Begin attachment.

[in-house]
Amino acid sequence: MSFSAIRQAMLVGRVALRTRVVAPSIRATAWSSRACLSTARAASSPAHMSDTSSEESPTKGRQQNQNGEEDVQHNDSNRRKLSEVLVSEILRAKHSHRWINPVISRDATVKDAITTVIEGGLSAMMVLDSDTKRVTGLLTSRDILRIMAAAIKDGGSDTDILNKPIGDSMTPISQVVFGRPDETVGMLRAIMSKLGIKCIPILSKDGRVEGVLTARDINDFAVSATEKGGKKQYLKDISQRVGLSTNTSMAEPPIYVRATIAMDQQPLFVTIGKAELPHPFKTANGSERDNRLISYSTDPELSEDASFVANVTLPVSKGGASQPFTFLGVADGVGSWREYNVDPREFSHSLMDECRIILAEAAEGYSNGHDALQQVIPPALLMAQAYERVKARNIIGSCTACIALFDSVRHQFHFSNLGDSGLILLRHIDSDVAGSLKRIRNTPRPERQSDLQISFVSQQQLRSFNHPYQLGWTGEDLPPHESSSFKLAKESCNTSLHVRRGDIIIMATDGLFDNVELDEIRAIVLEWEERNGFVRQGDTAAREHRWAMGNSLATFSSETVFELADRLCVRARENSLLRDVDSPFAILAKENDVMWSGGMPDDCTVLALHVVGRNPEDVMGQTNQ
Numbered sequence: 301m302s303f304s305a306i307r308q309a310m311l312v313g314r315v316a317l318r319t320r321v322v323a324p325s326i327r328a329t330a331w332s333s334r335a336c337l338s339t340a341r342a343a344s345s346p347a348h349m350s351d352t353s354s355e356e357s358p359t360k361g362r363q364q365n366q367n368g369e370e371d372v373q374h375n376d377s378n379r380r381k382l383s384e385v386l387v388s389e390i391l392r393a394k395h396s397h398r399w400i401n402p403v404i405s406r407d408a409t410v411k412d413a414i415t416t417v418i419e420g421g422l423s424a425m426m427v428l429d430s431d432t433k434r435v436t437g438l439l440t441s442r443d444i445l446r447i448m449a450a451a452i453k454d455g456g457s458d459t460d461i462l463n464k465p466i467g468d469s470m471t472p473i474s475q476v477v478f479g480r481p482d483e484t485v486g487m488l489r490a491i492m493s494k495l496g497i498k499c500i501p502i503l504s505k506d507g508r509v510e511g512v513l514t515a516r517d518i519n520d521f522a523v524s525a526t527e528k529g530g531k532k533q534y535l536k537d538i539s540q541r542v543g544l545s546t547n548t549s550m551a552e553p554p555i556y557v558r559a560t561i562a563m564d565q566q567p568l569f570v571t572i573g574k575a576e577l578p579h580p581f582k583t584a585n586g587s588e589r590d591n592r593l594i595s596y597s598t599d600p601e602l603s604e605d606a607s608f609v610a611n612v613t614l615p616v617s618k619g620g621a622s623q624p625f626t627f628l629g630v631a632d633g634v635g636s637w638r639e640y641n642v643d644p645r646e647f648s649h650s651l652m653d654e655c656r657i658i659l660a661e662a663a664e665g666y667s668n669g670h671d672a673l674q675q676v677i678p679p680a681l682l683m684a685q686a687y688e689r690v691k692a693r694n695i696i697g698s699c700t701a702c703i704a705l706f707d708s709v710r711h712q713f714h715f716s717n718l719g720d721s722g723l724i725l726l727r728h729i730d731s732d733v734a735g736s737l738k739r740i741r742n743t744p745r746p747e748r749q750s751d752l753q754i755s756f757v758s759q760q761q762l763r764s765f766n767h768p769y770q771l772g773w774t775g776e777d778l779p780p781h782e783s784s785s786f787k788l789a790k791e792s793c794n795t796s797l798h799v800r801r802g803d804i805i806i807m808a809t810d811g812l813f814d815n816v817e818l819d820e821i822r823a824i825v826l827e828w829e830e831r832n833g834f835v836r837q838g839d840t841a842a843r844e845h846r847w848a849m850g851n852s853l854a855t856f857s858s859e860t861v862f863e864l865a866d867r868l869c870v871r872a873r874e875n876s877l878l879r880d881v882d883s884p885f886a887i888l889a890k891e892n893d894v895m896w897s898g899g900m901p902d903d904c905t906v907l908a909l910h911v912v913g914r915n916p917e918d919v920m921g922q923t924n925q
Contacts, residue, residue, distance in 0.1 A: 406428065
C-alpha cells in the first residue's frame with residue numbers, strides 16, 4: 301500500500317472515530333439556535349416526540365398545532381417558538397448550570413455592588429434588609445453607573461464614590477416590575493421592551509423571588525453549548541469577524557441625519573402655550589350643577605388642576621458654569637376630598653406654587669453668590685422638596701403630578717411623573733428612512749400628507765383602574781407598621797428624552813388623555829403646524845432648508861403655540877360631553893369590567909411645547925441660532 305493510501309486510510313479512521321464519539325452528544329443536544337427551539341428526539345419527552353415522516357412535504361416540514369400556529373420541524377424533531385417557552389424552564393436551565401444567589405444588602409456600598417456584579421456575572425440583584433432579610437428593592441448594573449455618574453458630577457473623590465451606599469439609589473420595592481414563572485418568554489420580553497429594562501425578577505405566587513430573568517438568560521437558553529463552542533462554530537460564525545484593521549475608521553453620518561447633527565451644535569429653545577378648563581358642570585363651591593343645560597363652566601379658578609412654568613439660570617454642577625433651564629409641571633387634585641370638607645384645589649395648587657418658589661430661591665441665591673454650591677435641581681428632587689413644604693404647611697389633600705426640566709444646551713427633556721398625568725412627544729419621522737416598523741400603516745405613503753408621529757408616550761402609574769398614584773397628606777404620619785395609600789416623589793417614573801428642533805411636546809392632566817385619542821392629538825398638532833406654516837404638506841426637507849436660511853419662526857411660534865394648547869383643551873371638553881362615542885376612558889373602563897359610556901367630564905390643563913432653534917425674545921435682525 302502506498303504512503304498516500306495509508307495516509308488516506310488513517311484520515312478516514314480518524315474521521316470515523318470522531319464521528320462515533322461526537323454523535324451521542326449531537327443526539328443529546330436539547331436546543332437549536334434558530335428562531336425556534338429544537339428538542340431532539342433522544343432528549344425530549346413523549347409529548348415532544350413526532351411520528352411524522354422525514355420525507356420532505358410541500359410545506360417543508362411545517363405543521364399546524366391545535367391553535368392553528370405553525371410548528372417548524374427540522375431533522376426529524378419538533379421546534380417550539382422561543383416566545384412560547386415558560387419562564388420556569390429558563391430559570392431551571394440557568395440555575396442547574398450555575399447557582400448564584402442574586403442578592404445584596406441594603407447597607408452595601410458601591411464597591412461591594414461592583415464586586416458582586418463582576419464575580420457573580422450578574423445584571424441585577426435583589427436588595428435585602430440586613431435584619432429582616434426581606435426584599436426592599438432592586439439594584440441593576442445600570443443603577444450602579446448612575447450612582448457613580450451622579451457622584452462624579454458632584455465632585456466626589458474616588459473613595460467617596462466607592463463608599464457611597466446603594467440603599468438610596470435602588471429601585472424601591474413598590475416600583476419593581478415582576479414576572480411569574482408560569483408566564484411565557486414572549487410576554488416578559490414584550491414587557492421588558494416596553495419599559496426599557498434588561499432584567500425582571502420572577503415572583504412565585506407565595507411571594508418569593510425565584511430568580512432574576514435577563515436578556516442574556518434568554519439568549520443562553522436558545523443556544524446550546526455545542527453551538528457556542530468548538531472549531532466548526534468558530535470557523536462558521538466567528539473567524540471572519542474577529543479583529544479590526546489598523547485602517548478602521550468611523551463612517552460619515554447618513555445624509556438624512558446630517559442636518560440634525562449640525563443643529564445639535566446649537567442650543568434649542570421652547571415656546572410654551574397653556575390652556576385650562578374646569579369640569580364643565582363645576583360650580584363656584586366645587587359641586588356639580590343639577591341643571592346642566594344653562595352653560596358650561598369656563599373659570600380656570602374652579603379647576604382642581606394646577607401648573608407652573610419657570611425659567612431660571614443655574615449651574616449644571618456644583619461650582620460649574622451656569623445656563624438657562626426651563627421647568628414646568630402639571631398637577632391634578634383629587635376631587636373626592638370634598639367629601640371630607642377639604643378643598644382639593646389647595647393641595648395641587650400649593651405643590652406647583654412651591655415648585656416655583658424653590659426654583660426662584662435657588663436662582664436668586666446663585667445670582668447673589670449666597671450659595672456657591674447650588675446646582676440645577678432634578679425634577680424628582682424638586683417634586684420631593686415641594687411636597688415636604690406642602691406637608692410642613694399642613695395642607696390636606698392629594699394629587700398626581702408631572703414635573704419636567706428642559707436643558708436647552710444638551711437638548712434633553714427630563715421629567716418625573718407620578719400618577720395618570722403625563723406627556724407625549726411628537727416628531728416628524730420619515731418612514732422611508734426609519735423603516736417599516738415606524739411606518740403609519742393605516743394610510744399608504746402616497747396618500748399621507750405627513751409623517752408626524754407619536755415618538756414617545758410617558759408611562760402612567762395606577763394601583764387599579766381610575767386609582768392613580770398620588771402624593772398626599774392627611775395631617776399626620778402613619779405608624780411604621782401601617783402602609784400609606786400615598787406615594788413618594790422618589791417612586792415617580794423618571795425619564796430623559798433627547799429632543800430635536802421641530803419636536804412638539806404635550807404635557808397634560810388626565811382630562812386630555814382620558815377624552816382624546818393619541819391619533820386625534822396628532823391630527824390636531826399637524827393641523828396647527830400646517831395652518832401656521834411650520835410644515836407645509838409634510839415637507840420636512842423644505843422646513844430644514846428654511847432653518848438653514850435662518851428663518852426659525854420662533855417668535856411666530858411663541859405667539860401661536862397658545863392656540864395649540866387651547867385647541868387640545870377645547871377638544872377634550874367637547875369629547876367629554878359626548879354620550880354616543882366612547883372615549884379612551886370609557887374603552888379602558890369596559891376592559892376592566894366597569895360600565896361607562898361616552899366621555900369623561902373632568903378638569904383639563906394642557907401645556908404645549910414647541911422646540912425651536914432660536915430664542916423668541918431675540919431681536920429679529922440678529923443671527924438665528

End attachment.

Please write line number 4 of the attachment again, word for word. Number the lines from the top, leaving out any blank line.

Contacts, residue, residue, distance in 0.1 A: 406428065